3. You break it, you own it: Although it is very far from perfect, one of the more effective security controls in the Apple universe is the application vetting process. Instead of running an open marketplace, Apple reviews all iOS and Mac apps that come into their stores. They definitely don’t catch everything, but it is impossible to argue that this process hasn’t reduced the spread of malware – the number of malicious apps in Apple’s stores appears to be quite low. Contrast this to the Android and Chrome universes, where the more-open marketplaces experience more malware (the core Google Play marketplace doesn’t look horrible, but still experiences many more incidents than Apple). Google appears to be adding automated scanning to new Chrome plugins to reduce the security risk to users, which they already use for Android apps. They are pretty tight-lipped on the details and I assume the scan is automatic because it only adds an hour to the application release process. This is a good start and should be a strong enticement for users to stick to official marketplaces. – RM

  4. React slower and worse: We have been talking about reacting faster and better for years. You cannot stop all attacks so you had better be able to shorten the window of exposure and remediate effectively. So why do most organizations still take way too long to find attackers and respond to incidents? It’s a perception issue of course. According to a McAfee survey most internal folks think they respond a lot faster than reality. Perhaps they have a different definition of ‘breach’. Or maybe they are delusional. Either way, until these folks recognize they aren’t performing well enough or spending enough on detection and response (as opposed to flushing money down the detection toilet), nothing will change. Wishing the problem away is not a defendable strategy. – MR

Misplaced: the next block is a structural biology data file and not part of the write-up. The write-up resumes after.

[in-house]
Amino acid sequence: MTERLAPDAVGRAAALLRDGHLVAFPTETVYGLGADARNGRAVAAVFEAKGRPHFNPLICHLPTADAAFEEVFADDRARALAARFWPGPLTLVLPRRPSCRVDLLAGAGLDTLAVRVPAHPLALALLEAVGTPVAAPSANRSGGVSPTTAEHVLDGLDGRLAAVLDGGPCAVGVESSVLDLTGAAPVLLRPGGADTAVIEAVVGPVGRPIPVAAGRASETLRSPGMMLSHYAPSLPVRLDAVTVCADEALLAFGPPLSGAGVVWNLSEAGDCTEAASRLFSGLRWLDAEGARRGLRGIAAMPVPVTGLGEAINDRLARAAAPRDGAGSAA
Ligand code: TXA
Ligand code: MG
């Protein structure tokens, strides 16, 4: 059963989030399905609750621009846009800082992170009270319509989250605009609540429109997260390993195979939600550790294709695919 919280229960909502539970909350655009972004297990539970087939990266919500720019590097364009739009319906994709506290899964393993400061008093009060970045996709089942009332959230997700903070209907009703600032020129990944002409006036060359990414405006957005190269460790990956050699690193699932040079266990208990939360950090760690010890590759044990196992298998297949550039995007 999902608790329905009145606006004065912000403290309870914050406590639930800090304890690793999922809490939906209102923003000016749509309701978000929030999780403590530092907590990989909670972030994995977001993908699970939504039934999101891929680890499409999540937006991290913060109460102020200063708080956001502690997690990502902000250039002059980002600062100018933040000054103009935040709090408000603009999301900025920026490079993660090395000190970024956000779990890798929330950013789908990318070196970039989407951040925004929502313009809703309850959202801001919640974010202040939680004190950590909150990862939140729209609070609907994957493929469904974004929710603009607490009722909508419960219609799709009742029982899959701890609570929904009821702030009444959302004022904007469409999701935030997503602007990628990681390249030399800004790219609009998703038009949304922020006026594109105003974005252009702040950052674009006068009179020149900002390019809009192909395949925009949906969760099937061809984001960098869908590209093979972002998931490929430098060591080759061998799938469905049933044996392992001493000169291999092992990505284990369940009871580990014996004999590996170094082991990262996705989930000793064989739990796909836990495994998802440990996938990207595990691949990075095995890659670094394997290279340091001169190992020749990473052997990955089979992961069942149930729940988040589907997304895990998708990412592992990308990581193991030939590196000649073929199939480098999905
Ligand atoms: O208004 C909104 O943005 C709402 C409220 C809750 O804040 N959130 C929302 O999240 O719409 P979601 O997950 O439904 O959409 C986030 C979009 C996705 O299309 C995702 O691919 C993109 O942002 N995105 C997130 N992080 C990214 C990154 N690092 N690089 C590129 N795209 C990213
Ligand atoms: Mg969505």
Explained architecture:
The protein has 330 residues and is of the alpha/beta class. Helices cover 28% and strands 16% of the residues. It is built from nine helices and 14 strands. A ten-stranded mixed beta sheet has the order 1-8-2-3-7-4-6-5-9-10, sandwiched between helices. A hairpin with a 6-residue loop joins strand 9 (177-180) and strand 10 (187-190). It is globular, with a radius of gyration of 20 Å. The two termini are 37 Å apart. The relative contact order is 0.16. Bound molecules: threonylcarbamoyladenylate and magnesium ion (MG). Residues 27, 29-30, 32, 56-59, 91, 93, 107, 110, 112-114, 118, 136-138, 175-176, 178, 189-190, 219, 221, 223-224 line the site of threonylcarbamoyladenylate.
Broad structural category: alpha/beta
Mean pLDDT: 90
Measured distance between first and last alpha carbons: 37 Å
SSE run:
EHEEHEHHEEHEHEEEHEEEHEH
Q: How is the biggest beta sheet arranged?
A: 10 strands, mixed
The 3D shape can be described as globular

5. Web filtering is a must have: A lot of organizations I talk with are still running basic URL filters to keep their users from browsing porn, but haven’t even touched the process of protecting them from web-based malware. Even though the numbers show that one of the best ways to compromise users is through web browsers – whether via drive-by malware or targeted attacks. Brian Krebs notes Google just released some numbers to back up this assertion. Many compromised sites aren’t as obvious as hackme.com, but legitimate sites and advertising networks compromised as malware hosts or C&C nodes. The best first line of defense is a web-based malware filter (not your desktop), and many of you should take hard looks at cloud options that work well for mobile users, which tend to include more responsive threat intelligence. – RM

  6. PII as a fashion accessory: Instead of getting the necktie her fiance ordered from The Gap, a couple received a box full of HR records – which is awesome. They received Social Security information, handwritten resignation letters, doctors’ notes, and salary information and employee records in their entirety for a bunch of former employees. Oops. As far as security and privacy goes, this is akin to the automatic address-filling problem, where you accidentally send confidential email to the wrong people and try to blame your email client. It’s bad but happens when you involve humans. But this is not a call to arms for PII protection and additional legislation, although it’s not clear that Skynet would have made this mistake. I point out issues like this for why we need risk analysis to understand what problems we should respond to and which we should ignore entirely; to date PII does not pose a large enough risk for companies to invest a dime into. – AL

  7. Walking in their shoes: It is curious to me that folks (mostly in the Twitter echo chamber) can have opinions about being a security practitioner, or a researcher, or an analyst, or a vendor .. without ever sitting in that seat. Michelle’s on perspective moving from a consulting role to an internal role is interesting. Dropping a report of findings with non-negotiable steps to take may work when you move on to the next client. But it doesn’t work in the real world with competing priorities, limited budgets, and even more limited resources & expertise. As @ternus mentioned above, sometimes you need to be flexible and to sit in the other person’s seat for little for some perspective and context for their decisions. They may well may be incompetent and maliciously ignoring you. But more likely they have a full list of high-priority issues to deal with, and your stuff is somewhere on that list. – MR